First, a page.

• County gets high marks on survey

    Los Alamos’ biannual citizens’ survey shows the county ranking higher in several categories than it did two years ago. According to Brian Sanderoff and Matt Hughes from Research and Polling, Inc., the company that conducted the survey, Los Alamos is rated better by its citizens than many of the communities they work with.
    Sanderoff and Hughes presented the results to the Los Alamos County Council July 19. Their executive summary states, “Residents of Los Alamos County enjoy a high quality of life and appear to be very appreciative of the services that are offered by the County. In fact, 92 percent of residents rate the overall quality of life in Los Alamos County as being either good (36 percent) or excellent (56 percent).
    “Furthermore, over the past two years residents have grown increasingly pleased, as the percentage who rate the quality of life as excellent has risen from 42 percent to 56 percent.
    “Residents also express a high level of satisfaction with the overall quality of services provided by the County with 86 percent rating the services as being either good (49 percent) or excellent (37 percent). Just 3 percent of residents rate the County services as being poor.”
    “This is almost to the level of resort towns…These scores are very good,” Sanderoff said.

  • Authorities ID remains as those of missing treasure hunter

    ALBUQUERQUE (AP) — A treasure hunter who disappeared this year while searching for an author's cache of gold and jewels in the New Mexico wilderness was confirmed dead by authorities Tuesday after his remains were discovered west of Santa Fe.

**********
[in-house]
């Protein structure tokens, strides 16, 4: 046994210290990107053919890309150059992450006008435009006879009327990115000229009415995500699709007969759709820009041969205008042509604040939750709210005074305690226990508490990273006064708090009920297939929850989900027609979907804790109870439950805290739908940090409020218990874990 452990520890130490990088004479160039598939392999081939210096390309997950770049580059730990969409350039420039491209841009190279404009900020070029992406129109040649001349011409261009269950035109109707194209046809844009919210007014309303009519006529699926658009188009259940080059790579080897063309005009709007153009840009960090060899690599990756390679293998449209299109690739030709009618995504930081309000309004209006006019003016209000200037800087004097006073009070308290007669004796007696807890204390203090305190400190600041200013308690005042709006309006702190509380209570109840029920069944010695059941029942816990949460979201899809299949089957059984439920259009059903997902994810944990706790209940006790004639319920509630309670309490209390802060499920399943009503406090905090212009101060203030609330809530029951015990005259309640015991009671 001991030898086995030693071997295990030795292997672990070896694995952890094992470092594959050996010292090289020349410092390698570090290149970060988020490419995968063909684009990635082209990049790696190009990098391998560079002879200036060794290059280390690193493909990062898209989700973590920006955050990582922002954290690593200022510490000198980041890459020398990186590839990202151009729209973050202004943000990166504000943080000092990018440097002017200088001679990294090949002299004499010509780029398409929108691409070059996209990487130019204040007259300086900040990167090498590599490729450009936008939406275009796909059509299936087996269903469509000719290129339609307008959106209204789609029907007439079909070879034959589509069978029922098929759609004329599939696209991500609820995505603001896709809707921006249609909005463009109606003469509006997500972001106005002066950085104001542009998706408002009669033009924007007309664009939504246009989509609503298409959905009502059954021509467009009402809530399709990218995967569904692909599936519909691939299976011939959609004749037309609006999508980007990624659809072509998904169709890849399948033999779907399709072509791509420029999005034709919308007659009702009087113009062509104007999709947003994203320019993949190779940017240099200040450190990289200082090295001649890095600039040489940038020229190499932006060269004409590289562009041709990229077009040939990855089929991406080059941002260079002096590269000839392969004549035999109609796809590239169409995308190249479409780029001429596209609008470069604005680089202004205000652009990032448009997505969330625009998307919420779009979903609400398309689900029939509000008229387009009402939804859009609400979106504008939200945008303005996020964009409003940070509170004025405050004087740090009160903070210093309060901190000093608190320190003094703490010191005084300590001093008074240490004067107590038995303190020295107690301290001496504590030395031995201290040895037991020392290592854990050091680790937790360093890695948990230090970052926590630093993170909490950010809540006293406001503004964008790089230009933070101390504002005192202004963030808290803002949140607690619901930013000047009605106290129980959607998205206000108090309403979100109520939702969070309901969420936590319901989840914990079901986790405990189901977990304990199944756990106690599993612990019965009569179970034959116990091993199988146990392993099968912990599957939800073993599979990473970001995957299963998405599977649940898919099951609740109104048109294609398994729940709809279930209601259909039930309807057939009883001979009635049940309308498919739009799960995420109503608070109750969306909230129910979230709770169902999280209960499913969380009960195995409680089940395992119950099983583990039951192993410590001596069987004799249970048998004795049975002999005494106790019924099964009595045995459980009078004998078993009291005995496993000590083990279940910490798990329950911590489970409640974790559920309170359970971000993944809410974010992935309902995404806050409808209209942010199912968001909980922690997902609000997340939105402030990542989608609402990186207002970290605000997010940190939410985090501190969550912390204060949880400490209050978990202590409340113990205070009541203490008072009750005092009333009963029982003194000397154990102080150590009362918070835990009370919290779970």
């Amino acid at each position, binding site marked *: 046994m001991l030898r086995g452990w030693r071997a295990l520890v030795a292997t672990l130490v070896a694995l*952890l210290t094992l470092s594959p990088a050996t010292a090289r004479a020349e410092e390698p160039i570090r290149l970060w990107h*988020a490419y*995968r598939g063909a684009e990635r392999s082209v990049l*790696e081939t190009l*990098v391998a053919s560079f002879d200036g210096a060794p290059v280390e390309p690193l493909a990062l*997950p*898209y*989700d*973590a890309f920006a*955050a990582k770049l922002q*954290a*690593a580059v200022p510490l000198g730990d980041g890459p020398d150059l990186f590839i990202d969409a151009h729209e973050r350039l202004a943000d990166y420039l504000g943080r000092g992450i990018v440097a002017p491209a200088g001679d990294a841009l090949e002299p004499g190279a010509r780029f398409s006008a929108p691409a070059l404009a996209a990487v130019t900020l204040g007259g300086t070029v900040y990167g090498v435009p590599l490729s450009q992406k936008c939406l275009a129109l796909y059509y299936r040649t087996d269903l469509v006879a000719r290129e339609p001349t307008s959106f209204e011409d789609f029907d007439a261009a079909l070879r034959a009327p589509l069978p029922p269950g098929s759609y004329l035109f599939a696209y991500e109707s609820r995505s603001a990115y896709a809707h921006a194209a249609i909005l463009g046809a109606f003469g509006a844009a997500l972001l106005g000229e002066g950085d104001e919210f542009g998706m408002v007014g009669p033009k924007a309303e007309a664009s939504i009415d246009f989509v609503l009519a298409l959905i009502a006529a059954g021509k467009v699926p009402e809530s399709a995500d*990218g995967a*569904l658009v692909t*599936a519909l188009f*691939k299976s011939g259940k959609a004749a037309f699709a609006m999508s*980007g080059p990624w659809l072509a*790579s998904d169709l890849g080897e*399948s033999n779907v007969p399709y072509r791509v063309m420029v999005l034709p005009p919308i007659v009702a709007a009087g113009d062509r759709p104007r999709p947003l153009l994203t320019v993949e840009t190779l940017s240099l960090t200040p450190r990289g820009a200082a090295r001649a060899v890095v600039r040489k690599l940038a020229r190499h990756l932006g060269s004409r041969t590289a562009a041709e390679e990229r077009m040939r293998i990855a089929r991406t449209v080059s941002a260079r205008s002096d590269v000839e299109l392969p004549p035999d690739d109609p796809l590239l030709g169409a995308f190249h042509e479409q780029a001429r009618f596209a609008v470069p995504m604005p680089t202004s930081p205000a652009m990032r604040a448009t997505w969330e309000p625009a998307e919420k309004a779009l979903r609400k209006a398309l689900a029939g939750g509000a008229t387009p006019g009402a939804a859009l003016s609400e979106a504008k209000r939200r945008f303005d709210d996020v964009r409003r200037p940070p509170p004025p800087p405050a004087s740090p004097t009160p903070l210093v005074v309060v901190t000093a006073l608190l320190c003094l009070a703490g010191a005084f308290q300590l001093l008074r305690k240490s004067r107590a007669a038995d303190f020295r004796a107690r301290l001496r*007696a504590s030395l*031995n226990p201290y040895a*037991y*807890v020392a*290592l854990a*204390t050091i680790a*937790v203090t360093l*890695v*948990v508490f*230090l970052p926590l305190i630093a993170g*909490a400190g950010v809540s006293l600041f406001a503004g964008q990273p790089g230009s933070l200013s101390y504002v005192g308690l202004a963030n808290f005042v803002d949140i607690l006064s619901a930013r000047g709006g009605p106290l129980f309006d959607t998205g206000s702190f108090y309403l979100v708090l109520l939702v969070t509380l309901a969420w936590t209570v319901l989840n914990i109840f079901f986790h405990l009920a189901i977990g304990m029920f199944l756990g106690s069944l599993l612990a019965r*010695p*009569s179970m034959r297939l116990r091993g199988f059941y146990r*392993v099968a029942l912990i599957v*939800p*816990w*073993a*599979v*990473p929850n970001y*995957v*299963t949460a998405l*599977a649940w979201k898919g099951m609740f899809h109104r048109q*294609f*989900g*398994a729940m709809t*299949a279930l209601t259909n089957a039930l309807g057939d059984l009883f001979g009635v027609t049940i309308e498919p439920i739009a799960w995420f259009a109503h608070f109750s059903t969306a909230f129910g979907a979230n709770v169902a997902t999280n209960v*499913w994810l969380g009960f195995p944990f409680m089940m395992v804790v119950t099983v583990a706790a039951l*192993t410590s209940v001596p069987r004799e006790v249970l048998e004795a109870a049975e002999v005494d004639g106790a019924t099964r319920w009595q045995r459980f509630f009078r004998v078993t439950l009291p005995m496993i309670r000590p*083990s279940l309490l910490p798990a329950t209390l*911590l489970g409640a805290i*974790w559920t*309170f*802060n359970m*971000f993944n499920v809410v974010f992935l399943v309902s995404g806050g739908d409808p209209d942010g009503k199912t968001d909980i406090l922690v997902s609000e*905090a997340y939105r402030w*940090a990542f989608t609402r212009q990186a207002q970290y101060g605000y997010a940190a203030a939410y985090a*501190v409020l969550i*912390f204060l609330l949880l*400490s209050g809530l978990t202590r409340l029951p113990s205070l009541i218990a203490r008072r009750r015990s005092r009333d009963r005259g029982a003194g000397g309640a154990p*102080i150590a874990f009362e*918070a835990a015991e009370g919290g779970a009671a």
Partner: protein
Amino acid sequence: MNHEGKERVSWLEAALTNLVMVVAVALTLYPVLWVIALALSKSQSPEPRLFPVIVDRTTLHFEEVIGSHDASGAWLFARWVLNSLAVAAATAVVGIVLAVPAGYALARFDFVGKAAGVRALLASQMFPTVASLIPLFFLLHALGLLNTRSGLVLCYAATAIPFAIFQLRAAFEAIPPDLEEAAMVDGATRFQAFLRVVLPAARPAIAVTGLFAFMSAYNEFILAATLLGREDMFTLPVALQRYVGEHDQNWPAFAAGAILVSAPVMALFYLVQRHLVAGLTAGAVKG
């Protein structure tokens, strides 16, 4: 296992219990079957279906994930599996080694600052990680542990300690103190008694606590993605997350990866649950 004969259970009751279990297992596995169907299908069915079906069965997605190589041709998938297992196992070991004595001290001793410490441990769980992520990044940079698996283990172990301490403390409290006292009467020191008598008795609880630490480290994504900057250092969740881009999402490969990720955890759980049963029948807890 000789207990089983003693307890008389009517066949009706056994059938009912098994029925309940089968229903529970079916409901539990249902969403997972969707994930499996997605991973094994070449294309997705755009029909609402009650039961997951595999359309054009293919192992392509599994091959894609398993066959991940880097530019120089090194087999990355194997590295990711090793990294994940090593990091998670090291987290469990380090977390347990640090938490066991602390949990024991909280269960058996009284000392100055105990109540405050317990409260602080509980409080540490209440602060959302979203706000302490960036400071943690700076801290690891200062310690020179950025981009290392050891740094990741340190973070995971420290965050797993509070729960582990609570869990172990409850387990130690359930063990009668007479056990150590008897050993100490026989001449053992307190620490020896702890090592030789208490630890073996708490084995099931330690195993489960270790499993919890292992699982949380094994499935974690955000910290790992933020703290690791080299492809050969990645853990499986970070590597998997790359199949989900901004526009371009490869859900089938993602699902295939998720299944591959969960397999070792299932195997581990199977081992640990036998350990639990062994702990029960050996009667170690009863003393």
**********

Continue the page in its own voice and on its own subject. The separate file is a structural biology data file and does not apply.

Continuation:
Santa Fe Police spokesman Greg Gurule said medical investigators confirmed the remains found along the Rio Grande north of Cochiti Lake were those of Randy Bilyeu, a 54-year-old grandfather from Colorado.

    Gurule said the investigation ito the death remains active, and declined further comment.

    Bilyeu disappeared in early January while searching for antiquities dealer and writer Forrest Fenn's $2 million trove of gold and jewels in northern New Mexico.

    Fenn dropped clues about the treasure in a cryptic poem in his self-published 2011 memoir, "The Thrill of the Chase," inspiring tens of thousands to search for it.

    Fenn, an eccentric 85-year-old from Santa Fe, has inspired a cult following since his announcement several years ago that he stashed a small bronze chest somewhere in the Rocky Mountains.

  • Gov. Martinez seeking solution on budget crunch

    SANTA FE (AP) — New Mexico Gov. Susana Martinez provided new indications Tuesday that the state may be headed toward a special legislative session to address dwindling state operating reserves.

    The Republican governor told members of the State Investment Council that her office has been working for weeks with executive agencies and a key legislative committee on how to resolve the state's fiscal imbalance.

    New Mexico is one of several states dealing with general fund declines linked to reduced energy prices and production. Where some states have tapped rainy day funds or raised taxes, New Mexico has allowed its operating reserves to plunge.

    Martinez said a solution may involve a short, pre-negotiated Legislative session, without indicating exactly how the state would meet spending commitments. The governor has called the special sessions of the legislature before to resolve issues of electoral redistricting and spending on public works projects.

    "I'd really like to see this resolved, as we did, (at a) special session over at the capitol before we walk in, and it's a four-hour session," Martinez said.